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Frequently Asked Questions (FAQ)


Role of Schools

​How many children are in out-of-home care in Wisconsin?

Over the last ten years, the annual average number of children has run from 6,500 to 7,500.

Why are children placed in out-of-home care?

Children are placed in out-of-home care for a wide variety of reasons, including abuse or neglect, delinquency, uncontrollability, mental illness, truancy, and developmental or physical disability. In every court-ordered placement, the court must determine that continuation in the home would be contrary to the welfare of the child. Additionally, under the federal Indian Child Welfare Act (ICWA) and state law, an Indian child may be placed in out-of-home care if it is determined that remaining in the home would result in serious physical or emotional damage to the Indian child.

How old are children in out-of-home care?

As of December 31, 2013, about one-third are ages 4 and under, about one-third are ages 5-10, and about one-third are ages 11-16. About eight percent are aged 17-19.

Are most children in out-of-home care waiting to be adopted?

No. Most children in out-of-home care will never be eligible for adoption (i.e., have their parents’ rights terminated). For 2013 in Wisconsin, outcomes for children who left care were:
  • 60 percent of children were reunified;
  • 16 percent were adopted;
  • 12 percent were under a guardianship;
  • 7 percent aged out of care;
  • 2 percent were living with relatives; and
  • 3 percent were in some other living situation.

How should schools and child welfare agencies relate?

Over the last several years, the federal government has identified a need for schools and child welfare agencies to collaborate. These entities need to partner to assure that children in out-of-home care receive the services they need to have positive school experiences and to earn high school diplomas.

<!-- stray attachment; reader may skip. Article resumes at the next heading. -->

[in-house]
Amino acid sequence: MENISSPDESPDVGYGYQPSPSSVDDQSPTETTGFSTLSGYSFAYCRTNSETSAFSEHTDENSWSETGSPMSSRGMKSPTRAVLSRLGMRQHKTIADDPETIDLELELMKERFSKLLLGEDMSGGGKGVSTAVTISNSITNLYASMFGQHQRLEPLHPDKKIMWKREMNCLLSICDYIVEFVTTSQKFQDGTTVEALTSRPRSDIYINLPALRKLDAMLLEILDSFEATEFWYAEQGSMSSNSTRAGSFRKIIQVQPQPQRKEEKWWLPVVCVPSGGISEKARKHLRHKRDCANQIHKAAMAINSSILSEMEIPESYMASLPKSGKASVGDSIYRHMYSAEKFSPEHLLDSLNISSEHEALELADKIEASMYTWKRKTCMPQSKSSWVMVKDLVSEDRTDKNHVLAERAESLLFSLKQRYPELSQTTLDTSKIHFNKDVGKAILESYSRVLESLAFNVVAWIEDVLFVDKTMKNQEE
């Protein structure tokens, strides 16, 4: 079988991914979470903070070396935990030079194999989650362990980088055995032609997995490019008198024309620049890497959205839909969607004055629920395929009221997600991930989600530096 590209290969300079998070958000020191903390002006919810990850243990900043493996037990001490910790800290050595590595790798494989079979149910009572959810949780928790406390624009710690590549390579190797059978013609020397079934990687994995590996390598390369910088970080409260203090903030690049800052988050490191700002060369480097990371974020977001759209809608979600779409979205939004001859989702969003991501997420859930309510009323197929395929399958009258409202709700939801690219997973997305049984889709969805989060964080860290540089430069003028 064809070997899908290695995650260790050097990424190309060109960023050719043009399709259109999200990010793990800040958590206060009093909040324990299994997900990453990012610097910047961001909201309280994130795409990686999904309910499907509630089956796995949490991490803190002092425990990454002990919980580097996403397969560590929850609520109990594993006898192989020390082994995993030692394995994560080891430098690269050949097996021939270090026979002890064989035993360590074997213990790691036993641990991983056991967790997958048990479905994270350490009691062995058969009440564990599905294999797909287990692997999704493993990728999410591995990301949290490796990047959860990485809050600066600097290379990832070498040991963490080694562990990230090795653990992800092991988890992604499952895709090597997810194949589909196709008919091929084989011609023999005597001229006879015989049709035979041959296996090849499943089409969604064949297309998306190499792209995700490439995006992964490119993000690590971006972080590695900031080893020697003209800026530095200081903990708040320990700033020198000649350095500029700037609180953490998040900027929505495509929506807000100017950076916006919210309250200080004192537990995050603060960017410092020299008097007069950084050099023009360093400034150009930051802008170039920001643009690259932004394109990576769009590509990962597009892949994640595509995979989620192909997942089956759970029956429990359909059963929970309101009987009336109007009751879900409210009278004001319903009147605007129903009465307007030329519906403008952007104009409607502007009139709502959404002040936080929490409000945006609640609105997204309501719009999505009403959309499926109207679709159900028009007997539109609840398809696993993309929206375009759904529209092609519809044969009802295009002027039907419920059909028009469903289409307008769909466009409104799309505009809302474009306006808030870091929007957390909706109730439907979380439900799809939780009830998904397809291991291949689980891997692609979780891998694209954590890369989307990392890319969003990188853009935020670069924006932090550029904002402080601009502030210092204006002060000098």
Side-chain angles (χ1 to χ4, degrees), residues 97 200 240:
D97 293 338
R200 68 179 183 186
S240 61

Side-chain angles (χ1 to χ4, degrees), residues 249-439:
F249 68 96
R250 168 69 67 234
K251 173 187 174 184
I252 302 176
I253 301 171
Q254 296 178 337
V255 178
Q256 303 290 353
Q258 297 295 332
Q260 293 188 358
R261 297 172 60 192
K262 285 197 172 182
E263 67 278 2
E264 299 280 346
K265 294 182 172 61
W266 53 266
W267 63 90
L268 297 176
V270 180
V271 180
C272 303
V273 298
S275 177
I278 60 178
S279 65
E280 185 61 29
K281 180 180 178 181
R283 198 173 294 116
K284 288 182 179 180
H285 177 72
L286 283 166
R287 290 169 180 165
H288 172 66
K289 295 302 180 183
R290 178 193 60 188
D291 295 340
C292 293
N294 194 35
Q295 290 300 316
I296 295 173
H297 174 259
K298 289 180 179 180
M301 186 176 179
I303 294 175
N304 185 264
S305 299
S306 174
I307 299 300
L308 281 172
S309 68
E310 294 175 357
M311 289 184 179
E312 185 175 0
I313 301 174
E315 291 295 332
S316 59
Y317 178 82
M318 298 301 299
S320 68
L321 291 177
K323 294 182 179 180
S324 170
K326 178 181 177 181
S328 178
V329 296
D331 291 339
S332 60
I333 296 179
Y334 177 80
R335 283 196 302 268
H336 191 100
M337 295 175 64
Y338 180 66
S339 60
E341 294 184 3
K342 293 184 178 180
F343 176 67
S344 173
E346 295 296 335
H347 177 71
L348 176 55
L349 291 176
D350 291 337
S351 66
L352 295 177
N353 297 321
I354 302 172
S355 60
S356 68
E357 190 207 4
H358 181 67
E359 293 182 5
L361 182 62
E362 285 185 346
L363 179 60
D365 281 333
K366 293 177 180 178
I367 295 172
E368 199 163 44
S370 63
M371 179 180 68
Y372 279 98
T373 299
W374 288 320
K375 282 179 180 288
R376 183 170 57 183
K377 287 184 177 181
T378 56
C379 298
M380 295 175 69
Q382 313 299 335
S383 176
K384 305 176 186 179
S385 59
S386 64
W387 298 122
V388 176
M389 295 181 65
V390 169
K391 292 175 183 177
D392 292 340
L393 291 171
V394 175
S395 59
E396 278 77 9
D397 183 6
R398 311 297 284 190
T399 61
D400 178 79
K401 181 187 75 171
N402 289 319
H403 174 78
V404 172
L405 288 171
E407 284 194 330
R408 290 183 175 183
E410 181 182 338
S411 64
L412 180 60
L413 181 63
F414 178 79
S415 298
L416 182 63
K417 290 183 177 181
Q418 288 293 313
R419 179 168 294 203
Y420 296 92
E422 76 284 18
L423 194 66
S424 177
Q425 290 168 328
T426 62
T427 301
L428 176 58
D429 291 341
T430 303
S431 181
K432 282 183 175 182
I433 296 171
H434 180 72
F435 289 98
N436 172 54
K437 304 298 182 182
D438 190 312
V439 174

The following federal laws relate to this collaboration:
Fostering Connections to Success and Increasing Adoptions Act of 2008 (Fostering Connections Act): Child’s permanency plan to court must include “assurances that the placement of the child in foster care takes into account the appropriateness of the current educational setting and the proximity to the school in which the child is enrolled at the time of placement.” This has been codified in Wisconsin statutes at s. 48.38(4)(dm).

Uninterrupted Scholars Act of 2013 (USA): Amended the Family Educational Rights and Privacy Act of 1974 (FERPA) to allow or require the sharing of educational information by child’s school with the child welfare agency which has responsibility for the placement and care of the child. [This has been codified in Wisconsin statutes at ss. 115.298 and 118.125(2)(q)]. See the Confidentiality and Information Sharing Section.

Every Student Succeeds Act of 2015 (ESSA): Amended the Elementary and Secondary Education Act of 1965 (ESEA). ESSA emphasizes the need for collaboration between education and child welfare agencies at the state, local, and tribal levels. It requires school districts, in collaboration with child welfare agencies, to determine the best interests of a child and to create clear written procedures related to transportation of a child to his or her school of origin.

What is the mechanism for collaboration between schools and child welfare agencies?

Each school district or local education agency (LEA) and child welfare agency is required to name a Point of Contact. These individuals should collaborate on the written procedures noted above and then serve as the primary point of contact for their respective agency.

Who is responsible for transportation to school for a child in out-of-home care: the school or the child welfare agency?

The Fostering Connections Act requires that child welfare agencies seek to maintain children in their school of origin (i.e., the school they are attending when they enter foster care or the most recent school in which they were enrolled) when they place children in out-of-home care, including with family members, if it is in their best interest. Federal foster care funds may, in some cases, be used to transport children from the foster home to the school of origin. Effective December 10, 2016, the Every Student Succeeds Act (ESSA) will place expectations on school districts to maintain students living in out-of-home care in their school of origin, if it is in their best interest. Please see the links to the law, the regulations, and the Non-Regulation Guidance document.

Schools and child welfare agencies should collaborate regarding arranging transportation to keep students in their schools of origin if it is in their best interest. If this involves a neighboring school district, the two school districts should work together to ensure transportation.
For questions about this information, contact Mark Mitchell (608) 267-1281